Tuesday, 11 March 2008

After a productive few days delivering paintings to galleries in Scotland (the pic is of Lynn outside the RSA in Edinburgh, handing work in for the annual exhibition of the Royal Scottish Society of Painters in Watercolour, of which she is a member), we returned to the island in time to secure everything that moves and to fire up the wood burner, in preparation for the current waves of high winds sweeping the British Isles.

Ringhaddy Sound isn’t long or wide enough for a really big sea to develop, no matter what direction the wind, but as you can see it has been wild enough - at times too wild to row the dinghy – so planning our days has been a challenge lately.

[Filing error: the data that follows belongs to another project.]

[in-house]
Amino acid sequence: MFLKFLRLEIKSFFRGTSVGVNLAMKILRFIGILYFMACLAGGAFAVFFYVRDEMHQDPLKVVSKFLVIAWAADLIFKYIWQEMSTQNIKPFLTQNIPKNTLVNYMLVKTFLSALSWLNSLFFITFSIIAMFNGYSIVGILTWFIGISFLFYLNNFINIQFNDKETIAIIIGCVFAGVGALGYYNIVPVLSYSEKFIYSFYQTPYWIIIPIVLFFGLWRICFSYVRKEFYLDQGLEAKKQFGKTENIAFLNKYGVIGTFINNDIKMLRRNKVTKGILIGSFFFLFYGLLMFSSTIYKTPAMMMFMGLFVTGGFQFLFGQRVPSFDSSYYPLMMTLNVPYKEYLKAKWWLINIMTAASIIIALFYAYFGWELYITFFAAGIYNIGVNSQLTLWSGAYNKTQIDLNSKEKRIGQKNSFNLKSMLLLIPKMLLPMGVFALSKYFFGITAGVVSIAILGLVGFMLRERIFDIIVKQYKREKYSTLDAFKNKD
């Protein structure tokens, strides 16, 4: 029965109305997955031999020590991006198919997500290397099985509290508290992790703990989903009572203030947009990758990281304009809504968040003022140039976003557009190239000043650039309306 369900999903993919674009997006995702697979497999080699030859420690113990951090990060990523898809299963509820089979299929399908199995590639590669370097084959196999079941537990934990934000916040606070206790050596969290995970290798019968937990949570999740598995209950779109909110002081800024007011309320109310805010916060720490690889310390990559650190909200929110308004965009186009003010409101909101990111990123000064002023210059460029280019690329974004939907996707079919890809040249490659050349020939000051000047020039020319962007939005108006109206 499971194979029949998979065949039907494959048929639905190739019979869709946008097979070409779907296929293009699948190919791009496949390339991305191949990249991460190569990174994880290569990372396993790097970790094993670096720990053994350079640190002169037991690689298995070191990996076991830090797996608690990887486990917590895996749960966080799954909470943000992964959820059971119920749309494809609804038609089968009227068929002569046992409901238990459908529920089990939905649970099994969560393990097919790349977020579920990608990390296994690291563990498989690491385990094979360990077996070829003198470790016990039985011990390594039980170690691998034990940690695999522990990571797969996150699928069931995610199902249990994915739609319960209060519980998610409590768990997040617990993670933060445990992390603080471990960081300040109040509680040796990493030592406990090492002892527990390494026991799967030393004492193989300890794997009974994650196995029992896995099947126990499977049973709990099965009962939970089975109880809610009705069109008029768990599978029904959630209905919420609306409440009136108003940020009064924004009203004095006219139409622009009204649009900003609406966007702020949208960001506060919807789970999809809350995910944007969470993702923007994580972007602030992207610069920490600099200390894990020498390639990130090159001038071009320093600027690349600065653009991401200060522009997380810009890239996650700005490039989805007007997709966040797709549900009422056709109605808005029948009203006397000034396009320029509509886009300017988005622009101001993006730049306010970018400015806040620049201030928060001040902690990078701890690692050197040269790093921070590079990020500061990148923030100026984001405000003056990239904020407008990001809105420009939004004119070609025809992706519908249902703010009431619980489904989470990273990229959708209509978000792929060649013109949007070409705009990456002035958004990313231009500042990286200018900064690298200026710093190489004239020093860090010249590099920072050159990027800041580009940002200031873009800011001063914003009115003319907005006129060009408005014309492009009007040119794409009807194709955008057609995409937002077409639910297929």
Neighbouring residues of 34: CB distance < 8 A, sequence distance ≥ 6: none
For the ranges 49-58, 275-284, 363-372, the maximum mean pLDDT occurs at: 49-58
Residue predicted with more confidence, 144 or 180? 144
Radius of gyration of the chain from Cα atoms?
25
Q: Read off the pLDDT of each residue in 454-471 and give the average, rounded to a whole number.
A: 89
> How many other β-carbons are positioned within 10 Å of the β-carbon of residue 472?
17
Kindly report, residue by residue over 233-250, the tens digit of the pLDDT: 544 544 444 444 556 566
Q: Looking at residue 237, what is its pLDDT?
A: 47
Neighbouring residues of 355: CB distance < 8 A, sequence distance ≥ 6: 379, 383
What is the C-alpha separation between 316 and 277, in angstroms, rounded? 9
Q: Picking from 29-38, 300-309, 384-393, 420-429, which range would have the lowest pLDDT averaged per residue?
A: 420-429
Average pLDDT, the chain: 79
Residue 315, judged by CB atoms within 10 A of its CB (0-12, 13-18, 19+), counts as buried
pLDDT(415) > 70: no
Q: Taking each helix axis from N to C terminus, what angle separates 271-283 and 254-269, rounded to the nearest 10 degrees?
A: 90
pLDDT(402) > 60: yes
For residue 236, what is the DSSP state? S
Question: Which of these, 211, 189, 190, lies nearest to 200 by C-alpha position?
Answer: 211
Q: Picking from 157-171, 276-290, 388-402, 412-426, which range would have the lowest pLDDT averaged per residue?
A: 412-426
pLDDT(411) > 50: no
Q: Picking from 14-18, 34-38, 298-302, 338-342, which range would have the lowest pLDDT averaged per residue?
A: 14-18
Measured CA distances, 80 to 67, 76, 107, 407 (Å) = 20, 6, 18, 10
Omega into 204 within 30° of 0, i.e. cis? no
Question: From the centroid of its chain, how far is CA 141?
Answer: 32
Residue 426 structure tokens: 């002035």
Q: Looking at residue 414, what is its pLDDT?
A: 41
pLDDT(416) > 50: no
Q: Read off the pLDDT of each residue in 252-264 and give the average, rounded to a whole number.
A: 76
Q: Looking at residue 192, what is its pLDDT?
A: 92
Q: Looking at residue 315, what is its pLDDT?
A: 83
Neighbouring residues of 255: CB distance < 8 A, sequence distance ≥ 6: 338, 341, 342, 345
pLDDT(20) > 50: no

As always in March, brent geese have been gathering to graze Eagle Hill, behind the cabin, and in a couple of weeks they will start working the shoreline in search of eel grass, their favourite food, as the first shoots appear on the intertidal mud. More than three quarters of the European population of pale bellied brent geese overwinters on Strangford Lough; enormous flocks can be seen feeding on the tidal mud flats at the northern end of the lough.
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